Studies examining VAPs caused by non-fermenting Gram-negative bacilli (GNB) found no effect of treatment duration on mortality, MV duration, or length of stay in ICU. However, in the randomized prospective study by Chastre et al., prolonged antibiotic therapy (15 days) was associated with fewer relapses than short antibiotic therapy (8 days) in the subgroup of patients infected with non-fermenting GNB (41.0% of relapses in patients who received 8 days of treatment versus 25.0% in patients who received 15 days of treatment) [19]. Similarly, in a systematic review of prolonged treatment for hospital-acquired pneumonia, Pugh et al. observed fewer relapses in patients infected with non-fermenting GNB who had received prolonged treatment (OR: 2.18; 95% CI 1.1–4.2) [20]. It should be noted, however, that the most frequently implicated non-fermenting GNB in the evaluated studies was P. aeruginosa [19, 20]. A randomized study is currently underway that evaluates the effect of treatment duration on the prognosis of patients with VAP caused by P. aeruginosa [21].

In our study, patients were treated mainly with combination therapy, with no difference in effect on mortality between dual and triple therapy. The difference in effect on mortality between combination therapy and monotherapy could not be evaluated, as only 4 of our patients received monotherapy. Our study suggests that trimethoprim–sulfamethoxazole has a protective effect in patients with VAP caused by S. maltophilia. This finding is in line with other studies of patients with S. maltophilia pneumonia, in which trimethoprim–sulfamethoxazole was not associated with excess mortality or the emergence of resistance, even when used as monotherapy [2, 22,23,24]. One in vitro study did find that combination therapy broadens the spectrum of antibiotics and constitutes as such a more effective probabilistic treatment for patients with sepsis, particularly in cases of non-fermenting GNB infection [25]. However, clinical studies found no superiority of combination therapy over monotherapy in cases of sepsis, whether in terms of clinical cure or mortality, and this even in cases of non-fermenting GNB infection [26, 27].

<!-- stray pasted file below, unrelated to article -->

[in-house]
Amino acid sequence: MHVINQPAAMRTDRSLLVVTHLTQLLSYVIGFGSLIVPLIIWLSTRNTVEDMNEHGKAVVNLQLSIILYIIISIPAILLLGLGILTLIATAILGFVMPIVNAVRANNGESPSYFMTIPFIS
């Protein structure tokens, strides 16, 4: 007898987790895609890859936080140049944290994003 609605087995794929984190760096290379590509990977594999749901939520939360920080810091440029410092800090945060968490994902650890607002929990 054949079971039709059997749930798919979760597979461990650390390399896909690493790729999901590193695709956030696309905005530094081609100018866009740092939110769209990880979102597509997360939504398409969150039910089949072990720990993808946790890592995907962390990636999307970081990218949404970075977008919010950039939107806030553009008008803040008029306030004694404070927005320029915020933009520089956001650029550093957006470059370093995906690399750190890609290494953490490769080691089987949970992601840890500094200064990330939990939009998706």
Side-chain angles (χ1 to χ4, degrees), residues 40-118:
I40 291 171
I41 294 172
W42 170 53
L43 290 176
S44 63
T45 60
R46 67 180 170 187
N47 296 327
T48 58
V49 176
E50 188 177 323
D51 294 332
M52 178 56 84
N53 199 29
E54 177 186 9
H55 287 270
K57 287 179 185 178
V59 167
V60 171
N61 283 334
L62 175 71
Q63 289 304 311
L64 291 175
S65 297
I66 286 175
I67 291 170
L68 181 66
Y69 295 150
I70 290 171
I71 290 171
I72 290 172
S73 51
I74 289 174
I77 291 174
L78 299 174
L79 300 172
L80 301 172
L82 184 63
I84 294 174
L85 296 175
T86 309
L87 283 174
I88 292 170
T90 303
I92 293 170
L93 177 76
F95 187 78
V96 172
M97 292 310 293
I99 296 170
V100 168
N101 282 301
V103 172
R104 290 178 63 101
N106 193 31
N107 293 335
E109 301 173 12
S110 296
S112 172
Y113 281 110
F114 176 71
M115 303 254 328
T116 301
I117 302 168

The incidence of VAP caused by S. maltophilia was relatively high (1.4%) in our ICU compared to what has been reported in the literature. Ibn Saied et al. and Guerci et al. reported an incidence of 0.5% and 0.3%, respectively—keeping in mind that the latter study examined all cases of hospital-acquired S. maltophilia pneumonia [2, 16]. The study by Nseir et al. found an incidence of 2.0%, but it included cases of colonization with S. maltophilia in addition to infection cases [3]. The discrepancy between these and our results may be explained by the fact that our study was conducted in a tropical environment, which has been shown to favor the development of the parent microorganism Acinetobacter baumannii [28]. Another potential explanation is that our patients were diagnosed using the highly sensitive sampling technique of endotracheal aspiration.

In our study, ICU mortality was 50.0% and hospital mortality was 56.2%. These findings are in line with the study by Saugel et al., in which ICU mortality was 50.0% [4]. While Guerci et al. found a hospital mortality of 50.0%, their study included all cases of hospital-acquired pneumonia caused by S. maltophilia and not just those of VAP [2]. The study by Ibn Saied et al., in which the median SOFA score on the day of VAP onset was the same as in our study, found an ICU mortality of 40.0% despite the fact that 68.0% of patients received no treatment [16]. It may be that Ibn Saied et al. included cases of colonization with S. maltophilia in addition to cases of infection in their sample, which could explain this lower ICU mortality [16]. The study by Saugel et al., in which ICU mortality was 29.0% in colonized patients, would tend to support this hypothesis [4].